o Speak to actual clients, run a credit check, and confirm that the mailing address is a real office.
o Confirm opt-in and unsubscribe process and management of unsubscribes and opt-outs.
Understand what you are buying/renting
o Verify the source of the records.
o Verify the permission level of the records.
o Find out if the sign-ups are incentive-based.
o Confirm that the list is never used for porn or spam offers.
o Make sure that the vendor is CAN-SPAM, CASL or EU Privacy compliant (depending upon the region of the data you are purchasing).
Ensure the ability to Segment.
o Prevent oversaturation by segmenting by category selects, demographics or past behavior
Test. Measure. Repeat.
o Always send a small test and adjust.
o Test subject lines, headlines, offer language and placement of links.
o Ask for benchmark data on response by your chosen segments.
o Know the inbox deliverability, not just bounce rate.

spamming Canada will get tougher in 2014

On July 1, 2014, Canada will implement a significant change to the laws governing electronic communications in that country.

Canada’s Anti-Spam Law (CASL) may be less-known than the U.S. CAN-SPAM Act but it is stricter and will require much more diligence on the part of senders to ensure compliance. CASL covers all commercial electronic messages (much more than just email) being sent into Canada to Canadians, or crossing Canadian wires. The law provides for enforcement actions with penalties up to $10,000,000 per email for senders of unsolicited messages.

Unlike CAN SPAM, which covers only email, CASL covers commercial electronic messages, which is defined as any commercial “message sent by any means of telecommunication, including a text, sound, voice or image message.” Some examples of what that includes:

• Email
• SMS
• Instant Messages
• Social Media postings such as ‘tweets’
• Some voice communications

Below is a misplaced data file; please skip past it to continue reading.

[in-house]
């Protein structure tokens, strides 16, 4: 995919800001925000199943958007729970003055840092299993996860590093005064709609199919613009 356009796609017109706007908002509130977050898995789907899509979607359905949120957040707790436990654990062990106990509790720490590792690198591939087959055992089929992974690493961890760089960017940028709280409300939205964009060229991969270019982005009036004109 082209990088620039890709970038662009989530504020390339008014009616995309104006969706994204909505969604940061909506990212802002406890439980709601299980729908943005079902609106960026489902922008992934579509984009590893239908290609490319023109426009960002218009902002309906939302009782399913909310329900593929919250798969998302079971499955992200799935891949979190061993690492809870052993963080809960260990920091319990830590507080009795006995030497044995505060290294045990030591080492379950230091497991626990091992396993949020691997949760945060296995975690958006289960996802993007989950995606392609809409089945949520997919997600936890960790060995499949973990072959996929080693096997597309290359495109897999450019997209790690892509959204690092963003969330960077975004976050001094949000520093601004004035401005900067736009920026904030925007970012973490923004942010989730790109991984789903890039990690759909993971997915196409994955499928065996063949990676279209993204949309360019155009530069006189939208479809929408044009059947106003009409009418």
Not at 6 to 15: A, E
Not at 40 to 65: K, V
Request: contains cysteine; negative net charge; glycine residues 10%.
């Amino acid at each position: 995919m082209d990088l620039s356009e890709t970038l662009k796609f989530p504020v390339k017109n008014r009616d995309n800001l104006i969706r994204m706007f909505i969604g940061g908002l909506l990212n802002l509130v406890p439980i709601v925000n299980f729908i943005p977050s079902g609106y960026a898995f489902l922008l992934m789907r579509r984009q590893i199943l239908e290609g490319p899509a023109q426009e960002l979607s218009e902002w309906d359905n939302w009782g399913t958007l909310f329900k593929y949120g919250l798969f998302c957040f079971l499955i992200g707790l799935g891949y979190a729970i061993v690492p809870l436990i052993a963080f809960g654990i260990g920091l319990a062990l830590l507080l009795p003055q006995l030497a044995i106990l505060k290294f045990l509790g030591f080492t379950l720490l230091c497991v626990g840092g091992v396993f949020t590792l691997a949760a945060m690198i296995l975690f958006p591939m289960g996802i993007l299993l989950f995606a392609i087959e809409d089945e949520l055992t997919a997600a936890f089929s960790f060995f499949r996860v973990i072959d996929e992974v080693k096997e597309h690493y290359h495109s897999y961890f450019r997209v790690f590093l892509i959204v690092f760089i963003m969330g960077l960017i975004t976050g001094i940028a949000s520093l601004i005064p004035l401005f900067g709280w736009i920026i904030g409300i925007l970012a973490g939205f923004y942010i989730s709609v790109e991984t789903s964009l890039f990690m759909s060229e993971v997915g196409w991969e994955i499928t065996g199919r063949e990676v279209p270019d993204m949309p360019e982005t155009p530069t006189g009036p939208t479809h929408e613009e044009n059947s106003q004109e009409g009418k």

So, what does this all mean? The legislation is wide-reaching – any business that uses email or other forms of electronic messaging needs to be aware of their exposure under the legislation, as potentially significant penalties can result from violations of the Act. The three things you should know to ensure compliance: consent, identification and unsubscription options. In other words, if you are being a good sender you have express consent from the email recipient to send them email, a key caveat its that CASL does require that opt-in checkboxes (etc) not be pre-filled/pre-checked. Second, you must identify yourself as the sender and who you are sending on behalf of, this includes mailing address, contact information, web presence, etc. where necessary. To be compliant in your unsubscribe process your process must be functional for at least 60 days, must be free, should be provided in the same means as your communication (i.e. if you are sending email there should be an email address or link to unsubscribe), must be easy to do and processed without any delays.

So what should you do to make sure you’re in compliance:

1. Review your existing electronic message practices, footers, privacy agreements, subscriber preference centers, etc. to ensure they meet all provisions of the law. Privacy Policies and form collection on websites should be updated to ensure proper consent. In the case of forms, this includes moving from an opt-out (pre-checked) to an opt-in (not pre-checked) methodology.